Almost every time there is a discussion about vegetarianism, someone comes up with an argument similar to the following:
Let’s put the question whether killing animals in order to eat them is morally wrong in any sense aside for now (this would be a long debate, and since morality is a matter of opinion, it would also be quite futile). However, there are a few logical issues with the argument that bother me and which I would like to discuss in this article.
What is wrong with the argument
- Even if we were at the top, the argument still wouldn’t make sense. If we “reared” a certain group of people in order to kill them and eat them, we would be, by definition, higher in the food chain than them. Following the logic of the argument, we would have the right to do so.
Of course, this is utter nonsense. There’s no logical connection between our current position in the food chain and justifiability of eating living beings that we put at a lower level by intentionally eating them. Such reasoning is circular.
We are not at the top. Biologists define the so called trophic level. It is a numerical value representing how high in the food chain an organism is. Primary producers, such as plants, are at trophic level 1, and apex predators (predators which don’t have any predators themselves) are usually at level 4 or 5. For other organisms, the number is computed using certain formulas based on the composition of their diets.
There was a paper that estimated the trophic level of humans:Human trophic level (HTL) has never been defined. Here, we find a global HTL of 2.21, i.e., the trophic level of anchoveta.
This makes sense—when was the last time you ate a polar bear? Polar bears eat humans from time to time, though.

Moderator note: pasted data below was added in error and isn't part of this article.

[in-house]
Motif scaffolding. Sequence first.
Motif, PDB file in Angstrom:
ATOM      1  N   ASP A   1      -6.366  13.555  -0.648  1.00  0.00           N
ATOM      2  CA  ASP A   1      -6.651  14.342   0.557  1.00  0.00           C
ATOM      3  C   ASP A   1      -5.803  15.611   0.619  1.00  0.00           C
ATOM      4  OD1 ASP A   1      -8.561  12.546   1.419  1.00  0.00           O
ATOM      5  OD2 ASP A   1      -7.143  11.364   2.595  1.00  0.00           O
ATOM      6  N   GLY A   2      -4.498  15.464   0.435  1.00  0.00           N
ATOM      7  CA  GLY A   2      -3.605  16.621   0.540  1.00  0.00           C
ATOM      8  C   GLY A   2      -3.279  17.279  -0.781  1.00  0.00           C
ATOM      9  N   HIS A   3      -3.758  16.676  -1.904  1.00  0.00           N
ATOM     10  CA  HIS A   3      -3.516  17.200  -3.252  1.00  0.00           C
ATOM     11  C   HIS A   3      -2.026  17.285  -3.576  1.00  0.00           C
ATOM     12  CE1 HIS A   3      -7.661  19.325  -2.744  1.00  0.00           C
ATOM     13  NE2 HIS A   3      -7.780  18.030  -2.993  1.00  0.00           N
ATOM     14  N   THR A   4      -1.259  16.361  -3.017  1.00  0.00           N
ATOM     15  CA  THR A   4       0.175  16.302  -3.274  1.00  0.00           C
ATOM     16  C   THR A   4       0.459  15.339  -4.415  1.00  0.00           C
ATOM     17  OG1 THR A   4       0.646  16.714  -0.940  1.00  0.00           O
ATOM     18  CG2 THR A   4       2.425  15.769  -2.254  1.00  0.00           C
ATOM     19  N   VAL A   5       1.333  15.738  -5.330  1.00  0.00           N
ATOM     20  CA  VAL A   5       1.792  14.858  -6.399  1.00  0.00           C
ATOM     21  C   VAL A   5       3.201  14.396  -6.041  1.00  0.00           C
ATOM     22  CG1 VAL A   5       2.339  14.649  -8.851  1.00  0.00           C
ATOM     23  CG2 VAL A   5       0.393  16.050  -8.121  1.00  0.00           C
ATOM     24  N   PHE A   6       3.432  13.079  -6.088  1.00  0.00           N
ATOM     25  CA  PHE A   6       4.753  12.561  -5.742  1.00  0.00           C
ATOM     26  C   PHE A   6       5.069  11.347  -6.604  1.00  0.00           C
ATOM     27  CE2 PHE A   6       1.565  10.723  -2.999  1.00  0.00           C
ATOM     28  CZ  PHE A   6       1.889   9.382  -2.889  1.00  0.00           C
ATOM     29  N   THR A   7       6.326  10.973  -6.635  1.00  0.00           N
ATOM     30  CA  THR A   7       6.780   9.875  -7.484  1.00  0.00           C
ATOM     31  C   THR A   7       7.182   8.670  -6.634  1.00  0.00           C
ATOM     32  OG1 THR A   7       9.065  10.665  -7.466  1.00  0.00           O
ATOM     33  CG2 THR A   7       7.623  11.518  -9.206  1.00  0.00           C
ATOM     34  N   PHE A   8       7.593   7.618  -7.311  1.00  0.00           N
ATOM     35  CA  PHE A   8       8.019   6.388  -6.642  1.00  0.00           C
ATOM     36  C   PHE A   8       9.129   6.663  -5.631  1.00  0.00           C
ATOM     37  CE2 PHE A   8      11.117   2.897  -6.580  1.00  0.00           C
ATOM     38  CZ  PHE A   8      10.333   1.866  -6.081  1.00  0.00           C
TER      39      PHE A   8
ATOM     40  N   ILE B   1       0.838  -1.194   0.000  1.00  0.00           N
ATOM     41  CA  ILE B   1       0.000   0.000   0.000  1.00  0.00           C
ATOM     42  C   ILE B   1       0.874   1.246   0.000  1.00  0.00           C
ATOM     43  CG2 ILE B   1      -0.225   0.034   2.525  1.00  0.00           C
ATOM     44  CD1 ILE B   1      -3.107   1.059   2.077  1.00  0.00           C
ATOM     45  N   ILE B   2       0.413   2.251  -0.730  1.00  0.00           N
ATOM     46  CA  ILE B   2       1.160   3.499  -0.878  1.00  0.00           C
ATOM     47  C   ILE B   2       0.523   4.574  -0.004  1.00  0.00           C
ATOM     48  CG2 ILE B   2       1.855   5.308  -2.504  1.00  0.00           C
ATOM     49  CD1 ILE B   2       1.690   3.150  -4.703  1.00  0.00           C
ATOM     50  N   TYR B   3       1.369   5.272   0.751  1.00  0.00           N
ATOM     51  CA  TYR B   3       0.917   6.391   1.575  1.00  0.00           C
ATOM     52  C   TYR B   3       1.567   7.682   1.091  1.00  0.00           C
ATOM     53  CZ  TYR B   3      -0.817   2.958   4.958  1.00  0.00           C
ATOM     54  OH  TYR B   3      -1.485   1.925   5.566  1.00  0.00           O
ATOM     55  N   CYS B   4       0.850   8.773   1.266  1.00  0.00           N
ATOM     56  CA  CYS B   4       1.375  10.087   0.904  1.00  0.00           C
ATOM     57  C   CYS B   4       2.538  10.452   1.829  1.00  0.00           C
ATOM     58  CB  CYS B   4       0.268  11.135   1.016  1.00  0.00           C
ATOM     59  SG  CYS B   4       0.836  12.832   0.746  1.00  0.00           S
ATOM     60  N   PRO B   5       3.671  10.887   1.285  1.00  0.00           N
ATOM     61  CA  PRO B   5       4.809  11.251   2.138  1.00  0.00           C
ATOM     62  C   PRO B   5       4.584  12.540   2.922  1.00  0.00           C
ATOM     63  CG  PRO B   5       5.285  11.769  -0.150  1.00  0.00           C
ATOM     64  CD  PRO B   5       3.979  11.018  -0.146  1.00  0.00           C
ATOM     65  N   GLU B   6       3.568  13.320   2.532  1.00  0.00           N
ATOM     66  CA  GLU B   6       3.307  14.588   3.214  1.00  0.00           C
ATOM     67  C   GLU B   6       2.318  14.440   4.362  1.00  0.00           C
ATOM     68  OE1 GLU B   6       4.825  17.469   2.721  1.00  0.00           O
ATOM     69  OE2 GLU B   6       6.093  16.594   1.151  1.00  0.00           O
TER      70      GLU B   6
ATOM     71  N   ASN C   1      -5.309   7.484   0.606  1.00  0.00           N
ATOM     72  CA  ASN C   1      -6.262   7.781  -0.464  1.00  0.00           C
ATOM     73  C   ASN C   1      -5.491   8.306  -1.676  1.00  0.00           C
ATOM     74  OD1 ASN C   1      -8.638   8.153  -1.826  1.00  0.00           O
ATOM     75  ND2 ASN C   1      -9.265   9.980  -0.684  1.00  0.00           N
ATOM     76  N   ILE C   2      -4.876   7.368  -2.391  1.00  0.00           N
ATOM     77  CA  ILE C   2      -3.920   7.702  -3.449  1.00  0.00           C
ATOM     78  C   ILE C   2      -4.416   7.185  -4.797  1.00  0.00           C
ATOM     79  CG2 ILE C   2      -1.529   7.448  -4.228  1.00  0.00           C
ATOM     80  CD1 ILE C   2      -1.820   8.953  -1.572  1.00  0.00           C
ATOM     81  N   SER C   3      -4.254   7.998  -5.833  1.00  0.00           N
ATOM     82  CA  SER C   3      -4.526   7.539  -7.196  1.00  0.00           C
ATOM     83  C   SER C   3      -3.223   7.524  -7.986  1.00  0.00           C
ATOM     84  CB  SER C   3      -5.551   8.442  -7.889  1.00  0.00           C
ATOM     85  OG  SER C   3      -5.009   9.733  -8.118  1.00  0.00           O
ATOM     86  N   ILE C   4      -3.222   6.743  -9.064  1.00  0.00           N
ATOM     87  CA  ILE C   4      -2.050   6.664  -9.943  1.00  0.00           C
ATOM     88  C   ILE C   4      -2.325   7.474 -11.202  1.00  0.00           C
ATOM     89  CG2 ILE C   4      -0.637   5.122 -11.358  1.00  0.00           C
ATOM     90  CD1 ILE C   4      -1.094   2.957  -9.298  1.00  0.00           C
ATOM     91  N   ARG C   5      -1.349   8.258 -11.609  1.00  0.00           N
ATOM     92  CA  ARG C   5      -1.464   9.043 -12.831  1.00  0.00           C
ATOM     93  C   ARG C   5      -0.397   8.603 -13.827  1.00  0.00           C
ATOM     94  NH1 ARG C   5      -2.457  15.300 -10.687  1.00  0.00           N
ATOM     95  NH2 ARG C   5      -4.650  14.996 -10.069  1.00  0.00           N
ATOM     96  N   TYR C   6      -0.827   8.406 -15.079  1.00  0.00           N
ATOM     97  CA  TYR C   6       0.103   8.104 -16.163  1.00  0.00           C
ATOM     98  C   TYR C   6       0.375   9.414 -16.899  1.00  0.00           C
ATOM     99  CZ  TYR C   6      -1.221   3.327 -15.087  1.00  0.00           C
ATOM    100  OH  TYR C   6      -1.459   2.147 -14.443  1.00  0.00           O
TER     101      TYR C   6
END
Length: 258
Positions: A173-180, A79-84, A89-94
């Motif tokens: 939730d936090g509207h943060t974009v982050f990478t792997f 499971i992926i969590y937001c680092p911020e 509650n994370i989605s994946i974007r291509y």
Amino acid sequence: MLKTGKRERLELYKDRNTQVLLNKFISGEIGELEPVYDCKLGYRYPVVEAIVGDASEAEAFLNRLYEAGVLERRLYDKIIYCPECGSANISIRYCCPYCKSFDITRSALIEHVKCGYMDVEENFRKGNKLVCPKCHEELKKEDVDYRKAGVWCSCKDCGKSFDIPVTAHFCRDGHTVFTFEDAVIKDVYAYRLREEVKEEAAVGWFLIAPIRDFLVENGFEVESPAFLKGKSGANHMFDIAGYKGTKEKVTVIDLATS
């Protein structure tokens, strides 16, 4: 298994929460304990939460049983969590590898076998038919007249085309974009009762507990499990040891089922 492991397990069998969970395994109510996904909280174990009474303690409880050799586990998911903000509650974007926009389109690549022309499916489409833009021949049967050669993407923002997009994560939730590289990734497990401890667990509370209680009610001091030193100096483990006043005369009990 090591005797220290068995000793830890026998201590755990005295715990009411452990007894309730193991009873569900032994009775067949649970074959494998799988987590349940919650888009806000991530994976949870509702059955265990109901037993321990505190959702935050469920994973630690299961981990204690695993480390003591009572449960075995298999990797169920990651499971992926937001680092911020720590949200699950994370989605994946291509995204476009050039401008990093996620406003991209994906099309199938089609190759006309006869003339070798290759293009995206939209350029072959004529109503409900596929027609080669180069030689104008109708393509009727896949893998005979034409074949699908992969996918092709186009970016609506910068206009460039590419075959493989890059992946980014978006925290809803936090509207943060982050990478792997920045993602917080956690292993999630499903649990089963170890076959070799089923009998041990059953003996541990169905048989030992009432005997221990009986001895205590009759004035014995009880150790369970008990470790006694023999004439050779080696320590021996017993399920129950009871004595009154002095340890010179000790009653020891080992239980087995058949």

Being higher in the food chain than other animals is not merited. A common addendum to the argument above is that “we are technologically advanced, have weapons, and can hunt or rear animals, which places us at the top”. Yes, we are, but that is also kind of a strange argument, since we have access to advanced technology only thanks to a small group of highly gifted individuals who invented all the tools we use.
Most people have no idea how to hunt, rear animals, or make the necessary tools. Saying that such a person is “at the top of the food chain” makes about the same sense as feeding dead gazelles (or dead people, for that matter) to pigs and saying that the pigs are at the top of the food chain.
Even if there is any logical connection between the ability of conquering animals and justifiability of eating them (which itself seems rather convoluted), this still would not be an argument why it is justifiable for most people to eat animals.
In conclusion, the argument simply doesn’t work. There may be other good arguments for or against eating meat, but this one is not one of them.